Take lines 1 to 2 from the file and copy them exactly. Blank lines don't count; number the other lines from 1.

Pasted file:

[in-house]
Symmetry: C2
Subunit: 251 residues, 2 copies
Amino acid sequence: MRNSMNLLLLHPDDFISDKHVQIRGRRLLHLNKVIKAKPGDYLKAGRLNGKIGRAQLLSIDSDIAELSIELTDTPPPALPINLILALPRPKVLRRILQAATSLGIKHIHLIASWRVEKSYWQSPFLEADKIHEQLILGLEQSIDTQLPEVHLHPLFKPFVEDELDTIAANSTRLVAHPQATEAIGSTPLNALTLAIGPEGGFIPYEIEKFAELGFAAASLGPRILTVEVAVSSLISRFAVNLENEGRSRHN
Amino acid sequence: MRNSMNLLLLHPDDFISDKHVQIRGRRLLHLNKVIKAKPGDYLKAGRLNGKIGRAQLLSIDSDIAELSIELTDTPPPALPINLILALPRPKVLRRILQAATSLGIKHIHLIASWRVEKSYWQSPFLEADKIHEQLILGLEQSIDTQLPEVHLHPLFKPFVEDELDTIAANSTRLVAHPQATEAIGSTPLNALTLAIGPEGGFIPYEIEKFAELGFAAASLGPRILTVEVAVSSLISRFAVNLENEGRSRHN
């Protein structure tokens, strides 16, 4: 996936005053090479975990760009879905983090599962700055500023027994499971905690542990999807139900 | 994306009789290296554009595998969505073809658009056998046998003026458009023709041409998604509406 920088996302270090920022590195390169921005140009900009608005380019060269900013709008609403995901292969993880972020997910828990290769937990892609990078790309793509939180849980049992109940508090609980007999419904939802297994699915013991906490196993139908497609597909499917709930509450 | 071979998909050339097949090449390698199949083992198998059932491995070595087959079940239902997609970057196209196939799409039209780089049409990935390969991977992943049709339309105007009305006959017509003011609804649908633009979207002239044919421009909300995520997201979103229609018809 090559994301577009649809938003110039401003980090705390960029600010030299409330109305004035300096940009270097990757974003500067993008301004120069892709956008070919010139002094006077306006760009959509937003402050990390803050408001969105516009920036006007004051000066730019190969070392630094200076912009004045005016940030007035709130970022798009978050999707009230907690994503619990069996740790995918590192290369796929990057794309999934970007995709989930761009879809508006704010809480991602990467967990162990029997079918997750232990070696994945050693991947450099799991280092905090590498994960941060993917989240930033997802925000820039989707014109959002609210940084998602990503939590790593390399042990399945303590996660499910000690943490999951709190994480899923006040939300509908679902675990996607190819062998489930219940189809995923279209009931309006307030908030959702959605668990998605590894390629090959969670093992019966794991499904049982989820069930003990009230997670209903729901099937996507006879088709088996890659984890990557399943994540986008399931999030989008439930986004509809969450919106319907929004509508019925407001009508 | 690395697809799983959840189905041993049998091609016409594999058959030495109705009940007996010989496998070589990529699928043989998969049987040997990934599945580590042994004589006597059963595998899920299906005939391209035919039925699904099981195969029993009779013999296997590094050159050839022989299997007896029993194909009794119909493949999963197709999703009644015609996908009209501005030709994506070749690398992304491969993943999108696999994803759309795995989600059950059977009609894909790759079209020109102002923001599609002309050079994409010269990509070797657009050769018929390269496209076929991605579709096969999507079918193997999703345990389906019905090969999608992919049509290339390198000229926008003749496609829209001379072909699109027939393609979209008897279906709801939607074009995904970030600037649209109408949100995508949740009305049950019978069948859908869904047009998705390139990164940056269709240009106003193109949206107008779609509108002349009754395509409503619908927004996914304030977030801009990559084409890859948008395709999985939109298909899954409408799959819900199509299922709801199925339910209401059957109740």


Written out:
[in-house]
Symmetry: C2